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Documentary Sheds Light on History of Richmond Gay Community

Title screen of "Meet Me by the Magnolia Tree"
"Meet Me by the Magnolia Tree" is a new documentary from students at VCU's Robertson School of Media and Culture. (Photo Courtesy of Ben Fluet)

“Meet Me by the Magnolia Tree” is a new student documentary on the history of Richmond’s gay community and the role cruising played in places like Byrd Park, the Block, and Battle Abbey.

Bill Harrison, president and executive director of LGBTQ non-profit Diversity Richmond, appeared in the documentary. He said, “Back in the 1960s, 1970s the world was very different for what we knew then as the 'gay community,' and there were no organizations here in Richmond, there were no groups you could belong to.”

But, Harrison says men still found ways to connect, at least sexually, in semi-public spaces through “cruising.” “The Block downtown, and Byrd Park and Bryan Park here in Richmond were three of the areas that were pretty heavily frequented, especially during the summer months, later at night,” Harrison said.

The film’s director, Ben Fluet, is a recent graduate of VCU’s Robertson School of Media and Culture. Inspiration for the film’s title came from one particular cruising area in Richmond’s Museum District. Fluet says, “Where the Virginia Museum of History and Culture presently is, there used to be... just a huge Magnolia grove. And there were rows and rows of them. And back in the day, it was one of the more hidden and secretive places that people would go and cruise in.”

“I was really drawn to the idea of Magnolia trees, you know, and their role in how it concealed kind of what was going on,” they say. Fluet says cruising played a significant role in the gay community in the sixties, seventies and eighties, before the repeal of laws criminalizing homosexuality. “It served as a means for closeted men to go out and have sex with other gay men, closeted or not closeted.”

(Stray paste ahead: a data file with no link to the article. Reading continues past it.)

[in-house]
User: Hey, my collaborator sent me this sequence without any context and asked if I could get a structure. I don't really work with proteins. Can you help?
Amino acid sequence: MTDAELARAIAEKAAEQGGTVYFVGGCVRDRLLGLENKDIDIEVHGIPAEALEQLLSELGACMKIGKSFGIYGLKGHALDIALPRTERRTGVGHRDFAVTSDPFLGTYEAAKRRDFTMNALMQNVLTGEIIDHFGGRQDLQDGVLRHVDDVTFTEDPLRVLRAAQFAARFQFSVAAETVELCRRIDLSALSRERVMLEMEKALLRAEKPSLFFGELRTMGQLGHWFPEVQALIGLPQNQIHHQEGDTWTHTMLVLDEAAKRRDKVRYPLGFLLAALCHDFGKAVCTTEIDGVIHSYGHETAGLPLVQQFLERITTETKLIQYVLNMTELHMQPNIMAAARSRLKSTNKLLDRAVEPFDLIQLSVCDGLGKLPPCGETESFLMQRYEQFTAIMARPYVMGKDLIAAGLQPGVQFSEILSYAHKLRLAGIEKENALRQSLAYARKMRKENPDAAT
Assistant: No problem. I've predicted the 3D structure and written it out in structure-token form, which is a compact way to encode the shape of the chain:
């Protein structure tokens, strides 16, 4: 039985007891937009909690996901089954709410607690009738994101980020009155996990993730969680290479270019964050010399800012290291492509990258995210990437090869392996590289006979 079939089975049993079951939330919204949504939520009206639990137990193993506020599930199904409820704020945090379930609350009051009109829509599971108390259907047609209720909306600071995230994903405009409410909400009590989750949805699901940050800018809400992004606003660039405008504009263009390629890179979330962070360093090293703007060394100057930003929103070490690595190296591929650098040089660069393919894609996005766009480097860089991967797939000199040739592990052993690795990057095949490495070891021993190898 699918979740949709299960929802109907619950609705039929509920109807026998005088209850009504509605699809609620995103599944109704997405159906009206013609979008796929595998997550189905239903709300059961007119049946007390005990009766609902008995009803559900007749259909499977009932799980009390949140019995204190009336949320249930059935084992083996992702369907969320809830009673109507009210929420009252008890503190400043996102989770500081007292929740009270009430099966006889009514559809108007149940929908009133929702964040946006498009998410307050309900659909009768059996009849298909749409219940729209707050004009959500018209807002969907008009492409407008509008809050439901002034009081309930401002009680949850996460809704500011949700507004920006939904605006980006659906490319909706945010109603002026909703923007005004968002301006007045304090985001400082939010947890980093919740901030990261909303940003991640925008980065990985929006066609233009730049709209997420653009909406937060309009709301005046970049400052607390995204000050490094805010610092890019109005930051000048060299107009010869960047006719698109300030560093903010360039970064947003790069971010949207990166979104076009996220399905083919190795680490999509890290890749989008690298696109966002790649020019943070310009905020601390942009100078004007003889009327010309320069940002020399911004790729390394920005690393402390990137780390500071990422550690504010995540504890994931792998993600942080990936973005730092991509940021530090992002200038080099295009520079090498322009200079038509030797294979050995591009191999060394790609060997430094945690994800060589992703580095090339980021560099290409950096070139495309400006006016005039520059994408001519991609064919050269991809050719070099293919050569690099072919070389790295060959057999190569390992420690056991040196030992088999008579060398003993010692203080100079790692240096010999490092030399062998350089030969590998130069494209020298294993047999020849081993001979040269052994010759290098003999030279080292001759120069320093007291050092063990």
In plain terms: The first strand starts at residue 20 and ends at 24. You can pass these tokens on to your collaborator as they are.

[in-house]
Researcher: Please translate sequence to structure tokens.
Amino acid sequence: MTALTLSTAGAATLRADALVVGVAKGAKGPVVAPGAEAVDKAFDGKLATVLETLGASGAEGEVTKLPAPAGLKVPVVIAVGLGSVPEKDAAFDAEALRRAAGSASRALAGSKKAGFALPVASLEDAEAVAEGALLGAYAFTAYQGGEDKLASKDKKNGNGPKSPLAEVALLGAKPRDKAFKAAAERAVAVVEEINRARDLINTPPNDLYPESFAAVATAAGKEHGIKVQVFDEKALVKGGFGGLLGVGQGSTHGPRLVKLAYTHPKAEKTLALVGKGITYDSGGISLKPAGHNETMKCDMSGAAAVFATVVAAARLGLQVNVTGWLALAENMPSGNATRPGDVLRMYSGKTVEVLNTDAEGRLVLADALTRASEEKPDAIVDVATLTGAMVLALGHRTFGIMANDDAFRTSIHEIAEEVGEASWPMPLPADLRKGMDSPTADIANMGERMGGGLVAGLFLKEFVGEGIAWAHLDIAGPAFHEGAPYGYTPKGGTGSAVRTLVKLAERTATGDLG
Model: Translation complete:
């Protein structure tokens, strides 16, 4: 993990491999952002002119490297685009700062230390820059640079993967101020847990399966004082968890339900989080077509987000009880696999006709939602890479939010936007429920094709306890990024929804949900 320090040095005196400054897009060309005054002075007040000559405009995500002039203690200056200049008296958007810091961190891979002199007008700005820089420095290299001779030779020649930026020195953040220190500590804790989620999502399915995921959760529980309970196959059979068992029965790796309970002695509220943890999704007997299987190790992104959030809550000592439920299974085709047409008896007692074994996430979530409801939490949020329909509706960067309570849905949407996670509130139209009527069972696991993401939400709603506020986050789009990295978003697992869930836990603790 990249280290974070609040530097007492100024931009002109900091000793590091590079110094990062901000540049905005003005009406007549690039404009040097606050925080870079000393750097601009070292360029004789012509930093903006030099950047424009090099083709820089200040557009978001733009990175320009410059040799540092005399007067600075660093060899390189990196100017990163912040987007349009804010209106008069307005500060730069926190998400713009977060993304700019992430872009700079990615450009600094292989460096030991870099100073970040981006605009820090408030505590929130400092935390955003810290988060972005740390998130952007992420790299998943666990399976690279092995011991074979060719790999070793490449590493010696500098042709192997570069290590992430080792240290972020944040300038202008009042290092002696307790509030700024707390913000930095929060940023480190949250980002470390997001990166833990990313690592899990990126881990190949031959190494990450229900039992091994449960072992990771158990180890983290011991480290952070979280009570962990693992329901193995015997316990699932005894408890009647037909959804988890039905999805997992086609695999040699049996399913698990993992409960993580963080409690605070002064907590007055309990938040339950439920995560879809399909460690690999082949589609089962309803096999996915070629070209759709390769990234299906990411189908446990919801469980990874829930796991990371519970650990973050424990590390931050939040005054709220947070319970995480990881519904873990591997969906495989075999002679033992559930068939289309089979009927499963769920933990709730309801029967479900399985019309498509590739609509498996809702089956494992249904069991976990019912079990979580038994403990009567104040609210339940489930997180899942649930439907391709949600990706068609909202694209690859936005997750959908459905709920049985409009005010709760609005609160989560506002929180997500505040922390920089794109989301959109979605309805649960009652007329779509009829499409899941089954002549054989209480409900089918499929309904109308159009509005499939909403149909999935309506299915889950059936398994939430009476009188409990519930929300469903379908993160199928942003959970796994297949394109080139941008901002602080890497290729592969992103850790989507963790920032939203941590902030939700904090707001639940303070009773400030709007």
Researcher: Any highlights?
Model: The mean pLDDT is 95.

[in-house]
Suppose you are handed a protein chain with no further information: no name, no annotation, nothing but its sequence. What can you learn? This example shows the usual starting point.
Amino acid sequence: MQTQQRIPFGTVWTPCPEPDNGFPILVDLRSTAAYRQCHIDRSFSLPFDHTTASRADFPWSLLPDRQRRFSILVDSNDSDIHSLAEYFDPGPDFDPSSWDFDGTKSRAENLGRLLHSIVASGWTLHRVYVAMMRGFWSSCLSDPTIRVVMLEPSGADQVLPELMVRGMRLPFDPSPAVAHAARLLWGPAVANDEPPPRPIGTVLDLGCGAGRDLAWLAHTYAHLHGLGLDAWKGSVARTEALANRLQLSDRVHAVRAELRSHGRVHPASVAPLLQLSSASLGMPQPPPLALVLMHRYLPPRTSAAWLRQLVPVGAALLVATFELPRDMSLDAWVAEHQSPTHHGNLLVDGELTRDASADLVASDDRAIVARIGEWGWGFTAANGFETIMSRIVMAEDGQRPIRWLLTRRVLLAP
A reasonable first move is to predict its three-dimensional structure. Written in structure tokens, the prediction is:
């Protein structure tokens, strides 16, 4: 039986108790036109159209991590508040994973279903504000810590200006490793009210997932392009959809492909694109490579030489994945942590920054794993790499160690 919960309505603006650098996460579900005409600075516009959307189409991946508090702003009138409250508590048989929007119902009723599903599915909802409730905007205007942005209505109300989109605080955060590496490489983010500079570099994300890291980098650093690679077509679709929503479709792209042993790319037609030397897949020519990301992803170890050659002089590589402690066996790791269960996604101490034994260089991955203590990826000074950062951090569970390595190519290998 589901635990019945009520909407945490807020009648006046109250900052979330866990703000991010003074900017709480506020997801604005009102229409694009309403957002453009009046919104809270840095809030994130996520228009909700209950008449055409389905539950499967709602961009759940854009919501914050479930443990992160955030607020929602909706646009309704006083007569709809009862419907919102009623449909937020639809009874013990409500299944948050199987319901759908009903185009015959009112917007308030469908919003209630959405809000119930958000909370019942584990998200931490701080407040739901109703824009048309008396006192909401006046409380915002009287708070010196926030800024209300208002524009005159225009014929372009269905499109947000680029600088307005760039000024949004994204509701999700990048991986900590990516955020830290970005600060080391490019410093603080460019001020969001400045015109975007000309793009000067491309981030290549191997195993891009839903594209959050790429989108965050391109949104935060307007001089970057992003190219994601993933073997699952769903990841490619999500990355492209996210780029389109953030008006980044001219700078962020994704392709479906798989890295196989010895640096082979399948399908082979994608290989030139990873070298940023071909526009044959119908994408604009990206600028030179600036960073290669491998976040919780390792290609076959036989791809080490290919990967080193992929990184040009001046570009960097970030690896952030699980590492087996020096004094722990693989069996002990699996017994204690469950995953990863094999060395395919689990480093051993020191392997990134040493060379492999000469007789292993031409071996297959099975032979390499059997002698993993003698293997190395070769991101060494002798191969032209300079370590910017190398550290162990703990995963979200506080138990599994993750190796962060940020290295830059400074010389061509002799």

Harrison says the community has come a long way since the days of the Block and Battle Abbey: “It's changed because society has become more educated, our community has helped the community become educated. We're much more understood now, and much more widely accepted, and so men are not finding themselves having to search out each other that way. There are healthy ways to meet people.”

During the heyday of cruising, many gay men were subject to police intimidation, which could include the threat of arrest and public identification in prominent newspapers. Harrison says that although much has changed since then, police relations remain an issue for many members of the LGBTQ community, “I don't think that you're going to find many police officers riding around Byrd Park, mainly because there's no reason to do that any longer as far as gay men meeting each other there for sexual reasons. Now the racial issues and police is a whole 'nother conversation, and we have many people of color within our community that have very serious and true stories about mistreatment by police officers.”

Dr. Madison Moore, a professor of gender and sexuality studies at VCU, also contributed to the film “Meet Me by the Magnolia Tree.”  In the documentary, he said that policing of queer communities often leads to unintended outcomes. “It’s kind of comical in the way that that works, that like you think that by having entrapment laws or that by making something illegal it’s gonna stop a practice, and actually that makes it more underground and pushes it deeper out of sight,” Moore said.

 “It's more than just ‘I wanna hook up for sex.’ It's needing companionship, it's needing friendship, it's needing community.”

Harrison says the documentary handled a sensitive topic well, bringing nuance to an often overlooked history. “I think with documentaries like this it's important for viewers - you know, you can read a headline in the newspaper and that's where you get your information - this was a rather complicated subject,” Harrison says. “It's more than just ‘I wanna hook up for sex.’ It's needing companionship, it's needing friendship, it's needing community.”

In the end, Fluet says that looking back on the history of cruising can help us not only understand the past, but also point towards a better future.

“Meet Me by the Magnolia Tree” can also be streamed on Youtube.

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